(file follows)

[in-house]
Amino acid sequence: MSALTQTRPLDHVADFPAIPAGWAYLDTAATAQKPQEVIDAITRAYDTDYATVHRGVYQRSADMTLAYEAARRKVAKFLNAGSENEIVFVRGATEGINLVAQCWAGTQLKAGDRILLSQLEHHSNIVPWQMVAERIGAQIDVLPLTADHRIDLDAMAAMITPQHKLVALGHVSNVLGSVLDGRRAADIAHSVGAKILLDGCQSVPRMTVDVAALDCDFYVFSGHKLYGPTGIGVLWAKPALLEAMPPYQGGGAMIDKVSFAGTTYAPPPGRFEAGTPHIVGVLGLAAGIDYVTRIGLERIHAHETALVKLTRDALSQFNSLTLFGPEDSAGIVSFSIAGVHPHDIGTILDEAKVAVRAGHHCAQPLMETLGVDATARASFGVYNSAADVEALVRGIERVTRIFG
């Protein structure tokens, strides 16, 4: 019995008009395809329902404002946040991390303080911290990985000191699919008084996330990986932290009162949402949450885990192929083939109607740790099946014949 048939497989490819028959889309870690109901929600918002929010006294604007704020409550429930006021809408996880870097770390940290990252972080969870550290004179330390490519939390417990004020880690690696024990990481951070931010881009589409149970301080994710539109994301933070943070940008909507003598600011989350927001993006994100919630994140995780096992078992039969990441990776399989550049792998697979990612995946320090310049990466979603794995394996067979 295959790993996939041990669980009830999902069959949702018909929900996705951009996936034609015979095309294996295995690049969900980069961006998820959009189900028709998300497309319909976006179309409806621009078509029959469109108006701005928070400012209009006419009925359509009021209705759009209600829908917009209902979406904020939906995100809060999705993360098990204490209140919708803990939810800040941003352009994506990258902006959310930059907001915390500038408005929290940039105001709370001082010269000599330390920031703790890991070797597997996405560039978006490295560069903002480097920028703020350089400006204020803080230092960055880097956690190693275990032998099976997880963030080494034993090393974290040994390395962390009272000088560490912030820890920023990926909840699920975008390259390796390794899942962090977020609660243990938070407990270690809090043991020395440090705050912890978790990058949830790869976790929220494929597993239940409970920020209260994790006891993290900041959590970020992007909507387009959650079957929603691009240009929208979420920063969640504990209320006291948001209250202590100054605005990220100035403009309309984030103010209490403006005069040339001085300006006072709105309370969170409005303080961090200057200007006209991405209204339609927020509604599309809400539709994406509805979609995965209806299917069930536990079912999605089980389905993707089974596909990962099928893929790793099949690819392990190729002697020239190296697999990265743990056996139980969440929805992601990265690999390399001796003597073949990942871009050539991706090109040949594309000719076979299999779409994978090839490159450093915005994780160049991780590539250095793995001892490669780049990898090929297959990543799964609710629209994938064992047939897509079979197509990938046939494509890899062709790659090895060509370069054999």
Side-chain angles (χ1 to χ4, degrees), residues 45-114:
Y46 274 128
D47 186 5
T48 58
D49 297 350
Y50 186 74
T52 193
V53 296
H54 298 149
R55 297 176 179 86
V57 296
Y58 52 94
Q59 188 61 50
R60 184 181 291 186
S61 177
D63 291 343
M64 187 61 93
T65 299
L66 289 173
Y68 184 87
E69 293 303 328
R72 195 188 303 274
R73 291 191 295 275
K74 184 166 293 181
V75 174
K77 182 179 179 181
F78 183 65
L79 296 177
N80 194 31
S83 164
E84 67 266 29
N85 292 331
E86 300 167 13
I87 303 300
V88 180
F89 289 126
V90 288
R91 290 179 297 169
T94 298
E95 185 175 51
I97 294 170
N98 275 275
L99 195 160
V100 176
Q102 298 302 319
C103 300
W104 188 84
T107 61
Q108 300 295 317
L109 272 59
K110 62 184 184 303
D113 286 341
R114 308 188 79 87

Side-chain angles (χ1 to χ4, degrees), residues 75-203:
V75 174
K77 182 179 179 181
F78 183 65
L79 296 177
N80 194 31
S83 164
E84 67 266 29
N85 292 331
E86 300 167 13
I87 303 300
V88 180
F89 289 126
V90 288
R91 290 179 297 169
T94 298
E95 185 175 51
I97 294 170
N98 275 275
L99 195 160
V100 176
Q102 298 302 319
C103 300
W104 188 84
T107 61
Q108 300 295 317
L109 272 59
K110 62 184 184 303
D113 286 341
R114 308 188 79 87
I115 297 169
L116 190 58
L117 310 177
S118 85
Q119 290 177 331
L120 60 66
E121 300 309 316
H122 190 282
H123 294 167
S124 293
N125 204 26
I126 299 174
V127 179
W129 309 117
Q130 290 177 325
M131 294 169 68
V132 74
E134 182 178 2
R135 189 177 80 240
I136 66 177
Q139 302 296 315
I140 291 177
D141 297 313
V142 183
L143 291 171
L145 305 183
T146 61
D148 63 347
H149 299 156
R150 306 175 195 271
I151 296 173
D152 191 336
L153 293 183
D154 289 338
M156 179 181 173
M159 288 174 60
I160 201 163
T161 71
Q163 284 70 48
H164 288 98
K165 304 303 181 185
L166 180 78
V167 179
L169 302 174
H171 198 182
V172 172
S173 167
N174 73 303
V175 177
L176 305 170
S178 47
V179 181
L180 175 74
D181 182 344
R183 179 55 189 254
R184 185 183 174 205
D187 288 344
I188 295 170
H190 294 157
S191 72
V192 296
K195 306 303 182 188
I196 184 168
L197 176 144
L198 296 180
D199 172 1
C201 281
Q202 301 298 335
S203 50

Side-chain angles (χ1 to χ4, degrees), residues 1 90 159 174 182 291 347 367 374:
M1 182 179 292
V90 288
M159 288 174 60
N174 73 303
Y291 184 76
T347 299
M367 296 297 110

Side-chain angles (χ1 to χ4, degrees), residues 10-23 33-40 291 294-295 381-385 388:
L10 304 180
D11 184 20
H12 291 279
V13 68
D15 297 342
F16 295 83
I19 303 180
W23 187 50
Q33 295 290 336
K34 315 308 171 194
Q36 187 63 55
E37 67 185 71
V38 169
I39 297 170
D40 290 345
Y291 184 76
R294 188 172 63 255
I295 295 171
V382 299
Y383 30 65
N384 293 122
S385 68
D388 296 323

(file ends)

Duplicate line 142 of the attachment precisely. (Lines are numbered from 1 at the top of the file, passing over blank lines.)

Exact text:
R184 185 183 174 205